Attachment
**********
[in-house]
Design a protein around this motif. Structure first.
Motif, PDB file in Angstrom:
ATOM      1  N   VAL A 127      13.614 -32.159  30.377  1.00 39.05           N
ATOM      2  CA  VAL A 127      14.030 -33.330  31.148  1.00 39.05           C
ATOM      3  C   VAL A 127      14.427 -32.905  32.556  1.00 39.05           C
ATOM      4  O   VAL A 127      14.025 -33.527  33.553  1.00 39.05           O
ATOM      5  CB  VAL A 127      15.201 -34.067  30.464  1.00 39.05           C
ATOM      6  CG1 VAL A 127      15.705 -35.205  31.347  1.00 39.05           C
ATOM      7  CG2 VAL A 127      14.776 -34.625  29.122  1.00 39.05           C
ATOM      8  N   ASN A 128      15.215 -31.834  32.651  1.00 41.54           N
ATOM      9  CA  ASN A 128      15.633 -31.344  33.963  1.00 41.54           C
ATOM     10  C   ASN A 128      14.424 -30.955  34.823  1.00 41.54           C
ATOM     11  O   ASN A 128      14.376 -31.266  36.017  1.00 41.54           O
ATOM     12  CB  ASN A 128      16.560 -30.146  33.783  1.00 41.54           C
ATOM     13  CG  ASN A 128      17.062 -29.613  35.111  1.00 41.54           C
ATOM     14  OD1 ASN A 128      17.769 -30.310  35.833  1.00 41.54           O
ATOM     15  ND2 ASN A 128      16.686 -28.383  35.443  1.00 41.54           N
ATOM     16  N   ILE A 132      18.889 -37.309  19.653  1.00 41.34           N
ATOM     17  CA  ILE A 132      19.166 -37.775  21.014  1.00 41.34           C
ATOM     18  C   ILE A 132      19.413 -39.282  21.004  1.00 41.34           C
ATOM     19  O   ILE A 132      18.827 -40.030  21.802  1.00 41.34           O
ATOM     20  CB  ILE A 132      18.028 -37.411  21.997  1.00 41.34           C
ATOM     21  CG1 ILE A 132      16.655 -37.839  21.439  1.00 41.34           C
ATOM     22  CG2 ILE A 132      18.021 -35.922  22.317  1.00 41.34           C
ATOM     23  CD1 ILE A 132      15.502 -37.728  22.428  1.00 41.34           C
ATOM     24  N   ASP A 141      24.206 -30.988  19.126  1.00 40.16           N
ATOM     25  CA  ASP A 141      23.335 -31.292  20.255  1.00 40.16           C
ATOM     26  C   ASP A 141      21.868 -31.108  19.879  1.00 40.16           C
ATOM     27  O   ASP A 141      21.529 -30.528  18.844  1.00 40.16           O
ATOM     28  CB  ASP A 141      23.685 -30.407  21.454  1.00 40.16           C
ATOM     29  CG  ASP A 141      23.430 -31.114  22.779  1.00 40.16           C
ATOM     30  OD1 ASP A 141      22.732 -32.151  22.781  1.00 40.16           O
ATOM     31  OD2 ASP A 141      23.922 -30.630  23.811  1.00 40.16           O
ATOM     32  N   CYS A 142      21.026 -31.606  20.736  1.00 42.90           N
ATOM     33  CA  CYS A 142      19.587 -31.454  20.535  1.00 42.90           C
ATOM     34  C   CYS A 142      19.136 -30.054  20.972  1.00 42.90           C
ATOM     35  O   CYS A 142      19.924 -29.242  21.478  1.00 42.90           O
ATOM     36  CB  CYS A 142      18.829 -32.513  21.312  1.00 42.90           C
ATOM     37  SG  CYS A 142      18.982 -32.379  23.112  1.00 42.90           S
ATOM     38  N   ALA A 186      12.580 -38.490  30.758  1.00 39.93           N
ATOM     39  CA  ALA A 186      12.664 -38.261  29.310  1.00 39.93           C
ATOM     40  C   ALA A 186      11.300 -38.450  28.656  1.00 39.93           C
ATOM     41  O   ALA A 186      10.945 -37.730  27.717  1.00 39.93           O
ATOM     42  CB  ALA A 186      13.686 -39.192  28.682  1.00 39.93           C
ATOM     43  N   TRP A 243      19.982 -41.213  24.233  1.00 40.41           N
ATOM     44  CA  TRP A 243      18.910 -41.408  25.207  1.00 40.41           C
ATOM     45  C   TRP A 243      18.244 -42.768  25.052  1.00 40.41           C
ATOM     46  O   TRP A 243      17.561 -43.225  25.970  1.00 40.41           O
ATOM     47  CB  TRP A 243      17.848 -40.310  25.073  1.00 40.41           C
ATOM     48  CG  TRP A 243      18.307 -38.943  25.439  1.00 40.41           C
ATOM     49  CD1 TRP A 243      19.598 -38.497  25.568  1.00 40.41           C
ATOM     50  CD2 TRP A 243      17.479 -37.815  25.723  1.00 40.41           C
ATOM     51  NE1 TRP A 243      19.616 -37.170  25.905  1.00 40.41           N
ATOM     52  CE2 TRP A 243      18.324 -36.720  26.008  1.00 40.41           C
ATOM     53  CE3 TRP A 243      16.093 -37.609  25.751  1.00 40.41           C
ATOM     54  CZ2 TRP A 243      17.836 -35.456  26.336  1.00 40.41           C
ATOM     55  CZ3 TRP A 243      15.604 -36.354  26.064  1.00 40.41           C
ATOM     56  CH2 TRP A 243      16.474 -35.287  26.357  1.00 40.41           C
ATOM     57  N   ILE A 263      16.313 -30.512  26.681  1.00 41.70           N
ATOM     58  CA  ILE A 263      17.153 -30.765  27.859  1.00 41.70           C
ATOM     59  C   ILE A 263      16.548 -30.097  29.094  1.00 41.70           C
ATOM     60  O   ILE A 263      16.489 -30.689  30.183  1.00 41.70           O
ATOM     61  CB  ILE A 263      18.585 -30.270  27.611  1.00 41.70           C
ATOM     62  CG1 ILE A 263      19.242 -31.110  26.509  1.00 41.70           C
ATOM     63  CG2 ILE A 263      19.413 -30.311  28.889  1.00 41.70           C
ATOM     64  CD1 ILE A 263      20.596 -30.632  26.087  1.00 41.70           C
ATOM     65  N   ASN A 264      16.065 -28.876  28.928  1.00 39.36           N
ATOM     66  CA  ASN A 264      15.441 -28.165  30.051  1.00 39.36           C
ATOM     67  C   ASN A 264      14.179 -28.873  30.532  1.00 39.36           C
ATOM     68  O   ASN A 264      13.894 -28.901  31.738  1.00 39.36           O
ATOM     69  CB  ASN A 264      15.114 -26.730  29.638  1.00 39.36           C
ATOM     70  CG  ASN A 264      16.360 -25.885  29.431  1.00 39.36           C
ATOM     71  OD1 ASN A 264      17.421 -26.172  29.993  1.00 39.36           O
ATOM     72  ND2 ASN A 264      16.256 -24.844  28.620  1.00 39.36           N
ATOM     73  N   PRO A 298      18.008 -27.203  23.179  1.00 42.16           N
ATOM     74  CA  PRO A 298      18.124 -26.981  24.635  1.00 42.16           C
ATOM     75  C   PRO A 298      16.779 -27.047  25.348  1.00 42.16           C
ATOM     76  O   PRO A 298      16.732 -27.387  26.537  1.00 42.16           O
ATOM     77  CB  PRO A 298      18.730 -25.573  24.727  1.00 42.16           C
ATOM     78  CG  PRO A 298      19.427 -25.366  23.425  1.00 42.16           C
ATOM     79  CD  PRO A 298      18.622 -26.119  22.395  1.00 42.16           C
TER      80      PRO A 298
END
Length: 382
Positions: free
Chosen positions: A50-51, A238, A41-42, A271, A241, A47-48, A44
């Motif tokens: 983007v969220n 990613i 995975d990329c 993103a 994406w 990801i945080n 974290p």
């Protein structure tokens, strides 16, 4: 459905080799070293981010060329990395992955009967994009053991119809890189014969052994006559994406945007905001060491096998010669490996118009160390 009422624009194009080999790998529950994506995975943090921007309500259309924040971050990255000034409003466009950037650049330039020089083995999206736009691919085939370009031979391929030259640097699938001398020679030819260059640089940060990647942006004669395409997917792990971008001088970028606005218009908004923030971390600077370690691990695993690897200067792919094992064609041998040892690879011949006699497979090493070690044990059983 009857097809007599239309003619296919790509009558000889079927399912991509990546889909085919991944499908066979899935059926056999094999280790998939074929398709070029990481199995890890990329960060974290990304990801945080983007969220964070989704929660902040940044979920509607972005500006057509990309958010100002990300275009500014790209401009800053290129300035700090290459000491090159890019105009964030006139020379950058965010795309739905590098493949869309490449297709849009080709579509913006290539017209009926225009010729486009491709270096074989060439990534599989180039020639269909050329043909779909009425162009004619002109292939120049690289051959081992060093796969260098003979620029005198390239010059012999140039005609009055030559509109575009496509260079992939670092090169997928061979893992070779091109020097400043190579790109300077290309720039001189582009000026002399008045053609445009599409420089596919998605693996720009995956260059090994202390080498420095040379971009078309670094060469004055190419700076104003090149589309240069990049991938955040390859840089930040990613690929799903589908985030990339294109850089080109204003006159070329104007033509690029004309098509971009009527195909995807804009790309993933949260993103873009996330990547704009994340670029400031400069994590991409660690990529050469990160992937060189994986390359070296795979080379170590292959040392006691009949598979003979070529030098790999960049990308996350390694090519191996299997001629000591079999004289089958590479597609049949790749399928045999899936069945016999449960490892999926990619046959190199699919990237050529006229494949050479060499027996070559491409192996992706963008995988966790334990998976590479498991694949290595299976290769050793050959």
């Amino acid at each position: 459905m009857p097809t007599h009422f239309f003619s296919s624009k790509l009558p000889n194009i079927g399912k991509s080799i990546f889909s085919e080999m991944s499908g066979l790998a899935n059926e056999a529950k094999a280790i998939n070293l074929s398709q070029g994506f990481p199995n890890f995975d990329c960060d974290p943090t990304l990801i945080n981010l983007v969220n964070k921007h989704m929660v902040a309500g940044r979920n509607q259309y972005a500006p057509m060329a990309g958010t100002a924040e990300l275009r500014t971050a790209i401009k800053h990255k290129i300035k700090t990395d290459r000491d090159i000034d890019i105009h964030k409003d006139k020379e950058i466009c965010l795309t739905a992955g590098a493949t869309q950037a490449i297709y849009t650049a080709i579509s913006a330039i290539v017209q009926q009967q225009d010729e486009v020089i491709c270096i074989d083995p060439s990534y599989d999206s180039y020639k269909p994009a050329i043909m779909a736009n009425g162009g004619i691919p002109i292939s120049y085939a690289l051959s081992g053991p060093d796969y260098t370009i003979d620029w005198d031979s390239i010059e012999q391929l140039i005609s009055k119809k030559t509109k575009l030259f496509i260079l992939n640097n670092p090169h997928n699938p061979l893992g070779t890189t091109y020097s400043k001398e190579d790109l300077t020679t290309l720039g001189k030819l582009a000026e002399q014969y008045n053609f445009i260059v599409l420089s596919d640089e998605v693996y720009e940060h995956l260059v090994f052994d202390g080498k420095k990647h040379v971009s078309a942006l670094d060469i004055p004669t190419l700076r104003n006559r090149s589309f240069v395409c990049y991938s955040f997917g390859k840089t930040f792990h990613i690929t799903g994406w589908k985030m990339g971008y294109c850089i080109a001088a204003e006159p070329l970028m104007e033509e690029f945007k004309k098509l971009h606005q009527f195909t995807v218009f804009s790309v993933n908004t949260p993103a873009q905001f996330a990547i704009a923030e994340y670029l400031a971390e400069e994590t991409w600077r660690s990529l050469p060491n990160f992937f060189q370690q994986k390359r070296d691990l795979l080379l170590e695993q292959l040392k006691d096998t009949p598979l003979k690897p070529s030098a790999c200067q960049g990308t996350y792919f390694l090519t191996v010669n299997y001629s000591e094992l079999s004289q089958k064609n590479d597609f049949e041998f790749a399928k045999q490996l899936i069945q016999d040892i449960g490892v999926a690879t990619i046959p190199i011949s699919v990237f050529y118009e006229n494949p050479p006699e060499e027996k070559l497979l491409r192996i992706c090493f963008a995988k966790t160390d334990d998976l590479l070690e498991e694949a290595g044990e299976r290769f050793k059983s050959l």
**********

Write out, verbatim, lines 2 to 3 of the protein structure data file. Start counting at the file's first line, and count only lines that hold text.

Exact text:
Design a protein around this motif. Structure first.
Motif, PDB file in Angstrom: